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Healing Words: Creative Writing Programs as Therapy for Kids in Detention, Juvenile Justice Information Exchange
Pilkington, 39, has taught for 11 years. For the last six, she’s been an English instructor at Coosa Valley Youth Services (CVYS), a facility for juvenile offenders in this northeast Alabama city tucked in the foothills of the Appalachians. After years of distress from discarding her students’ writing after they left the facility, Pilkington decided to give her students — both former and current — the ability to share their writing with the world at large through a blog called “Writers on the Inside.”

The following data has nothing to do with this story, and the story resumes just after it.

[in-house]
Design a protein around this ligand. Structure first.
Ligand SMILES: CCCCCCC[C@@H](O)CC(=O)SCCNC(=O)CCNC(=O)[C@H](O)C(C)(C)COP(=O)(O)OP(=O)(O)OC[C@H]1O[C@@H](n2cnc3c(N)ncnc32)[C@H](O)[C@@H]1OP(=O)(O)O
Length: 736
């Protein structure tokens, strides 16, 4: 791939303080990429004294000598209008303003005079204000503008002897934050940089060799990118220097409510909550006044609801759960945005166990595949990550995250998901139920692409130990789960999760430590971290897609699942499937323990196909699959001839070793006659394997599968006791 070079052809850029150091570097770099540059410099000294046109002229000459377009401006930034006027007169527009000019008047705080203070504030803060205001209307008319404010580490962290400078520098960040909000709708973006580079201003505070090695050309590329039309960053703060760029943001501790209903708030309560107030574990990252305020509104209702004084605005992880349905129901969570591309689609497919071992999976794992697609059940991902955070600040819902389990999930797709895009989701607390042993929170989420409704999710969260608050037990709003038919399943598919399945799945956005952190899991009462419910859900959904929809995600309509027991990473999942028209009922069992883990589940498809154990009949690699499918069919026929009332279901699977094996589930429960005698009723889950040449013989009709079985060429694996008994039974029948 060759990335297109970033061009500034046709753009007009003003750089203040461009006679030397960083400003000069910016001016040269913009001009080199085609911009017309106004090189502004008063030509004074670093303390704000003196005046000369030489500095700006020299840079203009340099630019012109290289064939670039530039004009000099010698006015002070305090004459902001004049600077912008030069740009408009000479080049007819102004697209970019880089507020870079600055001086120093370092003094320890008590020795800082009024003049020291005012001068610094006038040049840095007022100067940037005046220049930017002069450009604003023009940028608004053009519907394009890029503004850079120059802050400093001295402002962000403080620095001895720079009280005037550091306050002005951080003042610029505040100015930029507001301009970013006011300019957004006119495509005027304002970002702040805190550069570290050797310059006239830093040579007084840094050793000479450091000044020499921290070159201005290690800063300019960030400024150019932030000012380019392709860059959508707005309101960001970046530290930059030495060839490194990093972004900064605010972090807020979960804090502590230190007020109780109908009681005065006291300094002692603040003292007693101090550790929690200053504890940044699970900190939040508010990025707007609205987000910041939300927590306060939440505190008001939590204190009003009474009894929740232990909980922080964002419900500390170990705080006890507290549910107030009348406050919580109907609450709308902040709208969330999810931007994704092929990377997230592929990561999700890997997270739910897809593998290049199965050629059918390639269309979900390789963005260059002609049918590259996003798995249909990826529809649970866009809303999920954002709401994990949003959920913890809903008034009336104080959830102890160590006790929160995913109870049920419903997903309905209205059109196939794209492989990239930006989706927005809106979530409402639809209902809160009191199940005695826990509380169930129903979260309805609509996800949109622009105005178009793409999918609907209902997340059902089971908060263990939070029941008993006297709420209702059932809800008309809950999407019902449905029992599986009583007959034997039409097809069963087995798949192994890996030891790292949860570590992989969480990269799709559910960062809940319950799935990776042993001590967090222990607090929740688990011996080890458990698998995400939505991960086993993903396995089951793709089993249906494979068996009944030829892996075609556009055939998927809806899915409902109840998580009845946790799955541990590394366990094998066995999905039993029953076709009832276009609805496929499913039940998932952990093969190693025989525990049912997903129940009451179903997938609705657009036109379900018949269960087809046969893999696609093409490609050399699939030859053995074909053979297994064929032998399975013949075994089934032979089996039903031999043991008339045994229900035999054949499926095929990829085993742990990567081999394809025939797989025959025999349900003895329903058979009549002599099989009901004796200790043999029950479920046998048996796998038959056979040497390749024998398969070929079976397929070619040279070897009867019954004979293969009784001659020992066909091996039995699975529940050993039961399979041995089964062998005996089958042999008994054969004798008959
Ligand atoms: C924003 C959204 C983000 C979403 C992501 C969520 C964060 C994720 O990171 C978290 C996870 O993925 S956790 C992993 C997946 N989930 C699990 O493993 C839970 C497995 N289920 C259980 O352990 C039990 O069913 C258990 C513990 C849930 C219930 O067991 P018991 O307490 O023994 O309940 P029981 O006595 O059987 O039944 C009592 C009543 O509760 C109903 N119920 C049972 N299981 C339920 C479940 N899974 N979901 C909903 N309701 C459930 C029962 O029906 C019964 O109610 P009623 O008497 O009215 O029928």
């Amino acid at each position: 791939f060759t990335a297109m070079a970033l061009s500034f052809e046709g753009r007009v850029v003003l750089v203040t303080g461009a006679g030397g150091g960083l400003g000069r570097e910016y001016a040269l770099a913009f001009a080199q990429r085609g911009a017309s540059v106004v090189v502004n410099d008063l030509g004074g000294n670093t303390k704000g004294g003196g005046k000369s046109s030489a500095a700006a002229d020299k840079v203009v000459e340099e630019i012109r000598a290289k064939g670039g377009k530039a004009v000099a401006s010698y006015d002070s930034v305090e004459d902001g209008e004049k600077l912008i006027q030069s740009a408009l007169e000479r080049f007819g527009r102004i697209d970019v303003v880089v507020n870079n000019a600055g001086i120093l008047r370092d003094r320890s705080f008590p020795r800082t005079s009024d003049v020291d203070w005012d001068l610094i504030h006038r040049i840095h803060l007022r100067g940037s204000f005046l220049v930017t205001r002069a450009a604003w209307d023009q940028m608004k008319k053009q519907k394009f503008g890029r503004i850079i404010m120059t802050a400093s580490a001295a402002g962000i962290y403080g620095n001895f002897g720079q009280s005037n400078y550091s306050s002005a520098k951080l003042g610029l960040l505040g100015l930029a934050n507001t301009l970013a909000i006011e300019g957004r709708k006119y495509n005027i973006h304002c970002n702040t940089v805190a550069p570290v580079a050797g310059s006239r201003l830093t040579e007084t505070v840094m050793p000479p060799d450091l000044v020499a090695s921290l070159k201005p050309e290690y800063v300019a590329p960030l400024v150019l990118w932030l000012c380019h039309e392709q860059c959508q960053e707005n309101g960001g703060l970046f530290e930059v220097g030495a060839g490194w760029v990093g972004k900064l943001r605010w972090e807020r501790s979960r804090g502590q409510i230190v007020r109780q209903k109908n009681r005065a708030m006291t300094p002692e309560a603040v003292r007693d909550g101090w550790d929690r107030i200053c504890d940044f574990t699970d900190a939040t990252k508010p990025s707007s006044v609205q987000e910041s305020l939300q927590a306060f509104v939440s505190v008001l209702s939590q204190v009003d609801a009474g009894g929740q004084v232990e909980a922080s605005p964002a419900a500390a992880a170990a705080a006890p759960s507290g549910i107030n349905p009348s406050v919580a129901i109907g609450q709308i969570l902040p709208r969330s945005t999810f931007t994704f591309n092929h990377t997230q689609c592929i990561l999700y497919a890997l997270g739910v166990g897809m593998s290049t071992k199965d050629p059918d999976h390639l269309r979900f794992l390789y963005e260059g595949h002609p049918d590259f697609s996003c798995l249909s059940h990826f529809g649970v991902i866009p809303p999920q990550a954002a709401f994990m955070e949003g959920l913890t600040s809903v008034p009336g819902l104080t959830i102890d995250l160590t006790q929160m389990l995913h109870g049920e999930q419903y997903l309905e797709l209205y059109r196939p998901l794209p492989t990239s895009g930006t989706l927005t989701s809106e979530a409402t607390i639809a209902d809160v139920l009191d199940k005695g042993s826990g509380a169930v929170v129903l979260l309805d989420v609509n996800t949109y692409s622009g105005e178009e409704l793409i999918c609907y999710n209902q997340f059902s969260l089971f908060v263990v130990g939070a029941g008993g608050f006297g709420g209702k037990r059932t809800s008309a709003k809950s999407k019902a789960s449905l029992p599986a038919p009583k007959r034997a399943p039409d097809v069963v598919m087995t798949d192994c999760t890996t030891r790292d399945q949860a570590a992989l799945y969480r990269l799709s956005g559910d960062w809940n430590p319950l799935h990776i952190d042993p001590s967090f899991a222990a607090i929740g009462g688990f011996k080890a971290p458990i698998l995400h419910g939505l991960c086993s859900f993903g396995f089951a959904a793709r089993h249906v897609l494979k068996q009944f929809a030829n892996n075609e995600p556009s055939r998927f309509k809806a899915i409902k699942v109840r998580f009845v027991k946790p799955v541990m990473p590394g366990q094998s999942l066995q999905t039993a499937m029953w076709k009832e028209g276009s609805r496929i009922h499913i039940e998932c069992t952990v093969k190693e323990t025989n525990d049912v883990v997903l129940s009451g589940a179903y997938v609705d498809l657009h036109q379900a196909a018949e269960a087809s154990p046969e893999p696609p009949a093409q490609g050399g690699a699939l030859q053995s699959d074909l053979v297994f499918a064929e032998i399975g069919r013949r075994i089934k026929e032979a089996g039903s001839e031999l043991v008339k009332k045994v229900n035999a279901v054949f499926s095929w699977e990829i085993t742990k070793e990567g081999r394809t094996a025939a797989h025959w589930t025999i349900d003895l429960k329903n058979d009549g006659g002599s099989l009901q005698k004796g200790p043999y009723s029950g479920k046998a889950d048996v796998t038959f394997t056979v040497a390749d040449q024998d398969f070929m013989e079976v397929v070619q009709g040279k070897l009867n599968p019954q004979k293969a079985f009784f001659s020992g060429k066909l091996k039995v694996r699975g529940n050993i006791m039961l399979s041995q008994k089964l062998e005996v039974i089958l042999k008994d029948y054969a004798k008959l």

“Kids in Cages,” Grits for Breakfast
UT-Austin’s alumni magazine, The Alcalde, has a pair of stories related to juvenile justice that merit Grits readers’ attention. The first is about LBJ School instructor Michelle Deitch titled “Kids in Cages.” Michele’s been working in recent years on the issue of juveniles certified for trial as adults, and your correspondent in the past was privileged not just to speak to her class but once even hosted one of her students as an intern. The second piece, titled, “In prison, youth are prey,” was authored by Jorge Antonio Renaud, a former inmate turned reform activist and UT alum who Grits attended school with back in the day.
Newark’s school turnaround strategy changes course, Hechinger Report